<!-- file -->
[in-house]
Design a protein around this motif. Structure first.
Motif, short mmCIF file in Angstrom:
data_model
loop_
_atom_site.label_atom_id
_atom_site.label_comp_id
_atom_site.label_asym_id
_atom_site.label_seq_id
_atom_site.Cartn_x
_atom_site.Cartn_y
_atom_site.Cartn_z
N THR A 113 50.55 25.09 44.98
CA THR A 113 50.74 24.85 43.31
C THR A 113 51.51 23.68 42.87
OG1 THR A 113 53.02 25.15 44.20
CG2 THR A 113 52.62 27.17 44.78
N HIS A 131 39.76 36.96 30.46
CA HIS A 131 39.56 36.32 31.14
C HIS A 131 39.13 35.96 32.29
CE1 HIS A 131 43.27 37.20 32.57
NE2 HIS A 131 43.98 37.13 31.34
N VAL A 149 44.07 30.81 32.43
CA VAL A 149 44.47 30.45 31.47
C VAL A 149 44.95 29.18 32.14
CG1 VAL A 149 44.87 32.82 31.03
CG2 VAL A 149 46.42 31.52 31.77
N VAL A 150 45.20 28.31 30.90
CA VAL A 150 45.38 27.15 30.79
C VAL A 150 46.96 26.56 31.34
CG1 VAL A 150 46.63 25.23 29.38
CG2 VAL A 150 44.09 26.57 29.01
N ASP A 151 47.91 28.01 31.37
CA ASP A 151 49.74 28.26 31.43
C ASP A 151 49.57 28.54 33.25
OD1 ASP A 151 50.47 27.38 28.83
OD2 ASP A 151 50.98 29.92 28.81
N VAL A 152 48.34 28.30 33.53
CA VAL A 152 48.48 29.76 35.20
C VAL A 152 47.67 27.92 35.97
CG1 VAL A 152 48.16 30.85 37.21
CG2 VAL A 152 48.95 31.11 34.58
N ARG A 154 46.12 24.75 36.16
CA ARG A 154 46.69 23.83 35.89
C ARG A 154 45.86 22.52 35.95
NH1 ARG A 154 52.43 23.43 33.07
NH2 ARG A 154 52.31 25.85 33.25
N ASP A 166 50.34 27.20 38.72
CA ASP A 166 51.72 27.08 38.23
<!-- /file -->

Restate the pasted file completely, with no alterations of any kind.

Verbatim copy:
[in-house]
Design a protein around this motif. Structure first.
Motif, short mmCIF file in Angstrom:
data_model
loop_
_atom_site.label_atom_id
_atom_site.label_comp_id
_atom_site.label_asym_id
_atom_site.label_seq_id
_atom_site.Cartn_x
_atom_site.Cartn_y
_atom_site.Cartn_z
N THR A 113 50.55 25.09 44.98
CA THR A 113 50.74 24.85 43.31
C THR A 113 51.51 23.68 42.87
OG1 THR A 113 53.02 25.15 44.20
CG2 THR A 113 52.62 27.17 44.78
N HIS A 131 39.76 36.96 30.46
CA HIS A 131 39.56 36.32 31.14
C HIS A 131 39.13 35.96 32.29
CE1 HIS A 131 43.27 37.20 32.57
NE2 HIS A 131 43.98 37.13 31.34
N VAL A 149 44.07 30.81 32.43
CA VAL A 149 44.47 30.45 31.47
C VAL A 149 44.95 29.18 32.14
CG1 VAL A 149 44.87 32.82 31.03
CG2 VAL A 149 46.42 31.52 31.77
N VAL A 150 45.20 28.31 30.90
CA VAL A 150 45.38 27.15 30.79
C VAL A 150 46.96 26.56 31.34
CG1 VAL A 150 46.63 25.23 29.38
CG2 VAL A 150 44.09 26.57 29.01
N ASP A 151 47.91 28.01 31.37
CA ASP A 151 49.74 28.26 31.43
C ASP A 151 49.57 28.54 33.25
OD1 ASP A 151 50.47 27.38 28.83
OD2 ASP A 151 50.98 29.92 28.81
N VAL A 152 48.34 28.30 33.53
CA VAL A 152 48.48 29.76 35.20
C VAL A 152 47.67 27.92 35.97
CG1 VAL A 152 48.16 30.85 37.21
CG2 VAL A 152 48.95 31.11 34.58
N ARG A 154 46.12 24.75 36.16
CA ARG A 154 46.69 23.83 35.89
C ARG A 154 45.86 22.52 35.95
NH1 ARG A 154 52.43 23.43 33.07
NH2 ARG A 154 52.31 25.85 33.25
N ASP A 166 50.34 27.20 38.72
CA ASP A 166 51.72 27.08 38.23